In support of the final reason for his refusal, the former program assistant produced a copy of his mother’s April 2017 phone bill at the hearing. It confirmed that, at the time of the hearing, his mother was the named holder of the account that includes the phone for which the NCAA enforcement staff was requesting records. The bill also showed that charges for the three phones covered by the account are listed and totaled separate from each other, meaning that he could have provided the records only for the phone the staff was interested in without the staff being privy to the information for the other two lines. If his mother allowed him to present an April 2017 bill, there is no reason why she could not have allowed him to retrieve the bills reflecting the charges and calling information for the limited period of 2014 the staff was interested in. The Panel is unpersuaded that the former program assistant was unable to produce the records requested by the NCAA enforcement staff.
This situation is distinguishable from that of the appellant in Former Assistant Men’s Basketball Coach, The University of Southern Mississippi, Infractions Appeals Report No. 437 (2017). In that matter, a former coach consistently asserted that his wife controlled the family finances and would not agree to release joint bank account records requested by the NCAA enforcement staff as it investigated potential NCAA rules violations. The Infractions Appeals Committee (IAC) determined that, under the circumstances, the NCAA enforcement staff’s request was unduly burdensome and vacated the COI’s determination that the former coach failed to cooperate when he did not turn over the records. In this case, the former program assistant changed his reasons for not cooperating numerous times. He did not assert that his mother would not allow the records to be released until just before the hearing. Further, the billing statement he produced showed that the bills could have been separated so that he could produce records for just the phone he used. The former program assistant had possession and use of the phone. The NCAA enforcement staff’s request for the records was made to pursue information of a possible NCAA rules violation. Thus, the former program assistant had a duty to produce the records. When he did not produce them, he failed to fully cooperate in the investigation in violation of Bylaw 19.2.3. His violation is Level II.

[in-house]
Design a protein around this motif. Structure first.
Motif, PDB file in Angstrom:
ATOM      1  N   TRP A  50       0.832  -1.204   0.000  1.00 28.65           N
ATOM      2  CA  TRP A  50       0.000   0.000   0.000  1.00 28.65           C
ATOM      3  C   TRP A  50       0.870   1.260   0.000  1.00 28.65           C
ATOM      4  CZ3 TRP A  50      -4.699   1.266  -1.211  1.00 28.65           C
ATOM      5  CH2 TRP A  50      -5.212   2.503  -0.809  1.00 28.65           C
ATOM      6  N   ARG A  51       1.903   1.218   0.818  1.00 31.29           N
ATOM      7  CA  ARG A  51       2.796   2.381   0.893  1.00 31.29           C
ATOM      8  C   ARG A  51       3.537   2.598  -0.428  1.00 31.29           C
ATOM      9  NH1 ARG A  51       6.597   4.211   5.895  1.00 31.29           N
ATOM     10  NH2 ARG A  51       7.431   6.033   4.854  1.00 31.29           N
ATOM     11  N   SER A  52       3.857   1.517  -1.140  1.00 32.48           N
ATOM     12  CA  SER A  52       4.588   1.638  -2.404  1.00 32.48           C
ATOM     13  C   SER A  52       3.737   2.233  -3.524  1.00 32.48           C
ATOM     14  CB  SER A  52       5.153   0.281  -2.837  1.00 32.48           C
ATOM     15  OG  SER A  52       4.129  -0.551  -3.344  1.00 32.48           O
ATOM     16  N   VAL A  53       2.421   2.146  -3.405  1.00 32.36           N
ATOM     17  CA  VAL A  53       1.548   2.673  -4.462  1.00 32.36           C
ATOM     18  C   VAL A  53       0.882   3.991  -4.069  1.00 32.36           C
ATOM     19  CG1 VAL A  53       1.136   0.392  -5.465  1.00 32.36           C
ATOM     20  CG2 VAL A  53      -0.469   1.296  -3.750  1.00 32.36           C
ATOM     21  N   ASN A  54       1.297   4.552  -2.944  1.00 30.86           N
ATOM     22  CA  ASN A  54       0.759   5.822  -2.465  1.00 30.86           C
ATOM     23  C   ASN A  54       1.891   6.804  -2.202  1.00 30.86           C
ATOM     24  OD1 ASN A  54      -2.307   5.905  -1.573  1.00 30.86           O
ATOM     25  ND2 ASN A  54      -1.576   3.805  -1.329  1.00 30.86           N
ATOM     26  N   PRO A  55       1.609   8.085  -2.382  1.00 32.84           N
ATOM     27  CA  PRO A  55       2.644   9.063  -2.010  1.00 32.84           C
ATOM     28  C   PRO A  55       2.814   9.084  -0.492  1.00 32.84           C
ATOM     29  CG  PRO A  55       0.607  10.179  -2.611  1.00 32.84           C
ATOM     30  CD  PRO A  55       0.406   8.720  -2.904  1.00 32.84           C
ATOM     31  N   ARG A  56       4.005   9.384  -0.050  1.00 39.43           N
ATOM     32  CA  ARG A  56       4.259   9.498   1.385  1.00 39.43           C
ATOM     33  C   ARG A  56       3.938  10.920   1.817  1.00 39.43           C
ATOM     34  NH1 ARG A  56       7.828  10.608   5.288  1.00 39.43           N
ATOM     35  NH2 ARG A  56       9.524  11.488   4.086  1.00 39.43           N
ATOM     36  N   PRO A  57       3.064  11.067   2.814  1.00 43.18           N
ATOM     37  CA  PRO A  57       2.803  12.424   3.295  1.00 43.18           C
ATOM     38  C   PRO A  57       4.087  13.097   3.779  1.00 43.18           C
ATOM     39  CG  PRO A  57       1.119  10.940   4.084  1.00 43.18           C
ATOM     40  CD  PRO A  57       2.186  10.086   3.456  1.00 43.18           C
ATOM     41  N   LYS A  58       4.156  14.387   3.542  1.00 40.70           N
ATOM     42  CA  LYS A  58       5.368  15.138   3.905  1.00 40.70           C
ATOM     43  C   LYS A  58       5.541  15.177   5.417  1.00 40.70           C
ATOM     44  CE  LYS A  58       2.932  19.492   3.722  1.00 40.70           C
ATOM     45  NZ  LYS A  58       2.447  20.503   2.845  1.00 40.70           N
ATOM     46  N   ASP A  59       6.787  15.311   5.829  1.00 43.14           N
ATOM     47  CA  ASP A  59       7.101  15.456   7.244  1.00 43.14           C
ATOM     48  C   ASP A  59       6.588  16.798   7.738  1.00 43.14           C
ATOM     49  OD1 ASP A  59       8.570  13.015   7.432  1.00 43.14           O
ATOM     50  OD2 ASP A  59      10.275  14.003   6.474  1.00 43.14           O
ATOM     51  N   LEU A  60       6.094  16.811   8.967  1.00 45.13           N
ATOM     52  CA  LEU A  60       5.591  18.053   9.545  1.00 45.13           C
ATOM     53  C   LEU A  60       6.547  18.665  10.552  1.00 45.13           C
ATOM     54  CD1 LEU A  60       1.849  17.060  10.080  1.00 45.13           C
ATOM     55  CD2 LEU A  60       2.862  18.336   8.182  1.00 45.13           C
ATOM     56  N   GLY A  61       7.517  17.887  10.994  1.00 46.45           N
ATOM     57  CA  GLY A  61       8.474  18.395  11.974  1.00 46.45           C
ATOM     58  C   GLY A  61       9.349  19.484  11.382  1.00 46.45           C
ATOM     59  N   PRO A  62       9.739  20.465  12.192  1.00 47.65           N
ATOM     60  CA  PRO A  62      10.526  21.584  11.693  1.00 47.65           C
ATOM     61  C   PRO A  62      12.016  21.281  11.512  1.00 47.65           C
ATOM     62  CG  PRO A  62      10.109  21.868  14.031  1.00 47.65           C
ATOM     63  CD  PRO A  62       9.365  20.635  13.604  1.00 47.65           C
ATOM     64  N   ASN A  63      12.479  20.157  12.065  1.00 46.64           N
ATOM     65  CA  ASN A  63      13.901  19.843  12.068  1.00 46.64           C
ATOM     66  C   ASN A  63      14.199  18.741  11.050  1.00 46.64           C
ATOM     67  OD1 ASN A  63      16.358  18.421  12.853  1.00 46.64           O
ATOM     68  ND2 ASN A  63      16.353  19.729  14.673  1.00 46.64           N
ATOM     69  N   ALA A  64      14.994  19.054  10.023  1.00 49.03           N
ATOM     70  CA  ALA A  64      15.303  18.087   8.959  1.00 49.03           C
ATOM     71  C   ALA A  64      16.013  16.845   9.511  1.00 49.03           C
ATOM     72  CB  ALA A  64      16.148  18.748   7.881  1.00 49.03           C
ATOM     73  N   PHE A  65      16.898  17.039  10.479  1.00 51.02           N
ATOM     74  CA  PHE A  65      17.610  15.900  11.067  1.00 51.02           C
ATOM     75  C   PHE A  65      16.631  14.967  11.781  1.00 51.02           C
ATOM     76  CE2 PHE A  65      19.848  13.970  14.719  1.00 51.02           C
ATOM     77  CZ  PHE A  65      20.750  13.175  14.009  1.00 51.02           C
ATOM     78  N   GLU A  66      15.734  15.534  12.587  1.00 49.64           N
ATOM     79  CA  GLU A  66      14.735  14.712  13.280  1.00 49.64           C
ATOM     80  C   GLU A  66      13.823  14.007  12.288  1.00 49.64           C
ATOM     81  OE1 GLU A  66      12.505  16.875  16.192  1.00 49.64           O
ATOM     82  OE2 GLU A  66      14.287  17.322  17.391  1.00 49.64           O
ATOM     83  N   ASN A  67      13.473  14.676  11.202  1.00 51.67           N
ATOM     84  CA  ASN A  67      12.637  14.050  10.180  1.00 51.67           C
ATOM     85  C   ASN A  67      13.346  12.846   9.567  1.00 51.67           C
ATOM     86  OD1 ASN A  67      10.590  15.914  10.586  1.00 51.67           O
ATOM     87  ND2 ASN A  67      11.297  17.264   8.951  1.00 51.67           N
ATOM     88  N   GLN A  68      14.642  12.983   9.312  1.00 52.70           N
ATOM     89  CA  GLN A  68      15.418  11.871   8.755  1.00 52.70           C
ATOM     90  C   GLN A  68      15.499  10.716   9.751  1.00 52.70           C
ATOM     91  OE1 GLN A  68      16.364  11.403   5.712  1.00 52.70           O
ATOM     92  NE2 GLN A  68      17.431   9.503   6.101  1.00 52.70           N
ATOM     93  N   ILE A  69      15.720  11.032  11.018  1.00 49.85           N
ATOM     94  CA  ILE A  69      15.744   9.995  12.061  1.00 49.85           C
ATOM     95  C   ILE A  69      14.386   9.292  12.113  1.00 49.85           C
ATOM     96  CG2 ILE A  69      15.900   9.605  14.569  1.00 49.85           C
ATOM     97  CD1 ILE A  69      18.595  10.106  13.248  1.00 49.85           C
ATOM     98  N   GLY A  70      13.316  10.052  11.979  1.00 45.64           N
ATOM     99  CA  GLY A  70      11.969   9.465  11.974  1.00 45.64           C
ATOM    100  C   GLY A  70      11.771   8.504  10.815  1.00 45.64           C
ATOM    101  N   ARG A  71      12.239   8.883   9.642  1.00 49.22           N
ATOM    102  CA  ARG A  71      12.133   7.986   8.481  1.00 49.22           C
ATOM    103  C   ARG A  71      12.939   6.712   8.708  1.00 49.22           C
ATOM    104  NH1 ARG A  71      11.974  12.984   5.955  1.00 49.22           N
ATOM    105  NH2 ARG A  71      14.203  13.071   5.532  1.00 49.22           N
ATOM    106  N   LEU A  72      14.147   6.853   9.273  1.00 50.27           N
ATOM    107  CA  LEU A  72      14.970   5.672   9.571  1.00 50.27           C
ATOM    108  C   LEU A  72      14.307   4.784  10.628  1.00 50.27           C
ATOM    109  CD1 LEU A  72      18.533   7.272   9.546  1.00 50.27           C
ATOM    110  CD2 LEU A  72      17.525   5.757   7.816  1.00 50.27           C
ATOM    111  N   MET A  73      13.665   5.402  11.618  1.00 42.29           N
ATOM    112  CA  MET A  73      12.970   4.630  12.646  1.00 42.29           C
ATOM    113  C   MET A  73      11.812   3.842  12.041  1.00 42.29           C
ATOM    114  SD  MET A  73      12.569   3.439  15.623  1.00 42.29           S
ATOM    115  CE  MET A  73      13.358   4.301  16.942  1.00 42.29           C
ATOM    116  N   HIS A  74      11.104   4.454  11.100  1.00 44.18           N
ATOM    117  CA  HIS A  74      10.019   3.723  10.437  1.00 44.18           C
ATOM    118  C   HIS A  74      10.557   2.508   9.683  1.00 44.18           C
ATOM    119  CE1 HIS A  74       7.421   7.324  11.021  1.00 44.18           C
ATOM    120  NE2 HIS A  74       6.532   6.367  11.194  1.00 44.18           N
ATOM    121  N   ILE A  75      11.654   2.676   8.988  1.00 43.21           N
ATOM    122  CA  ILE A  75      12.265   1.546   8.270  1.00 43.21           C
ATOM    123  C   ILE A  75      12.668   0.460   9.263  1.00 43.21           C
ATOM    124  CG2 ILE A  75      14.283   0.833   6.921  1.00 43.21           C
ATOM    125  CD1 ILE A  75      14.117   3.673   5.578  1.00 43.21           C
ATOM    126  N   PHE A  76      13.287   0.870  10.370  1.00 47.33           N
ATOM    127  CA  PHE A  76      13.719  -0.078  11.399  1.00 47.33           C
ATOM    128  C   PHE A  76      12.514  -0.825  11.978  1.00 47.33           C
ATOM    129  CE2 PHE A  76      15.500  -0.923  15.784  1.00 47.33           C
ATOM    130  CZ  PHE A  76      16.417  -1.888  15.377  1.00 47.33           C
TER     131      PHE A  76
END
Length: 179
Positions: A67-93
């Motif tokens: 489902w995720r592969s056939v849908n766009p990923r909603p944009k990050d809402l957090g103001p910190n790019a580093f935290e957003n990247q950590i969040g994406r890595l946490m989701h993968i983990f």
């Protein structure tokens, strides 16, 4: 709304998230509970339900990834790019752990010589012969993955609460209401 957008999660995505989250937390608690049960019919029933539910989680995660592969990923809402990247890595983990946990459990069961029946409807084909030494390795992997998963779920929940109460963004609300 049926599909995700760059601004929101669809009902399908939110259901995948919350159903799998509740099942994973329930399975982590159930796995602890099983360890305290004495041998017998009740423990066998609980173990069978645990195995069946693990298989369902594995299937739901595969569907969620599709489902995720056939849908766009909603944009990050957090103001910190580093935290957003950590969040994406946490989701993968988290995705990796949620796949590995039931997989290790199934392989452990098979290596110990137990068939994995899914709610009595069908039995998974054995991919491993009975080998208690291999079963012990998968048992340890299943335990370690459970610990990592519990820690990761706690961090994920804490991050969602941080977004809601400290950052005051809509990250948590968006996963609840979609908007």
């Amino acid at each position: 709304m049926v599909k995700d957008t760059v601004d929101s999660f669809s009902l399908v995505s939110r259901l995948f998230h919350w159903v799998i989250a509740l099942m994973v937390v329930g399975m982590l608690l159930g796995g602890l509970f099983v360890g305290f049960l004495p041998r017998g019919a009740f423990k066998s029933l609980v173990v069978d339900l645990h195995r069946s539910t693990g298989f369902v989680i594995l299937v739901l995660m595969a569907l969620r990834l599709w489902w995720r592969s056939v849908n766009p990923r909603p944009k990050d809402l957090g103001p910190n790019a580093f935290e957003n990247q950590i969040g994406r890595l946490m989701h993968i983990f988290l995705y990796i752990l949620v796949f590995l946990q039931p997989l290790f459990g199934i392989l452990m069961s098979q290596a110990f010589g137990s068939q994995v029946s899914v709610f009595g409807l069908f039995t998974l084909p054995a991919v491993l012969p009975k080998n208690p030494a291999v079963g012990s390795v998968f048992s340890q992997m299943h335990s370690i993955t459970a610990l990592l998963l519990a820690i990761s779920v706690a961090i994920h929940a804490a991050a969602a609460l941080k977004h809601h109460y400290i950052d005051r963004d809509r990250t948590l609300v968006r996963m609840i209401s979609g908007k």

Violations of NCAA Division I Manual Bylaws 126.96.36.199 (2010-11 Division I Manual through October 29, 2012) and 188.8.131.52 (October 30, 2012, through 2013-14)
For approximately four years, the head coach failed in his responsibility to monitor the activities of the former operations director, who reported to him. Neither the Institution nor the head coach agreed with the NCAA enforcement staff that the head coach failed to monitor the former operations director. The panel concluded that the violation occurred and is Level I.
From January 2010, the time the head coach hired the former operations director, through April 2014, when the former operations director left the Institution, the head coach failed to monitor his activities in Minardi Hall with prospects visiting campus. Specifically, the head coach failed to monitor the former operations director when the head coach: (1) created the residential environment in which the violations eventually occurred and trusted the former operations director to behave in a manner consistent with NCAA rules; and (2) delegated monitoring of the former operations director to his assistant coaches without appropriate oversight. The head coach’s failure to monitor the former operations director violated Bylaw 11 head coach responsibility legislation.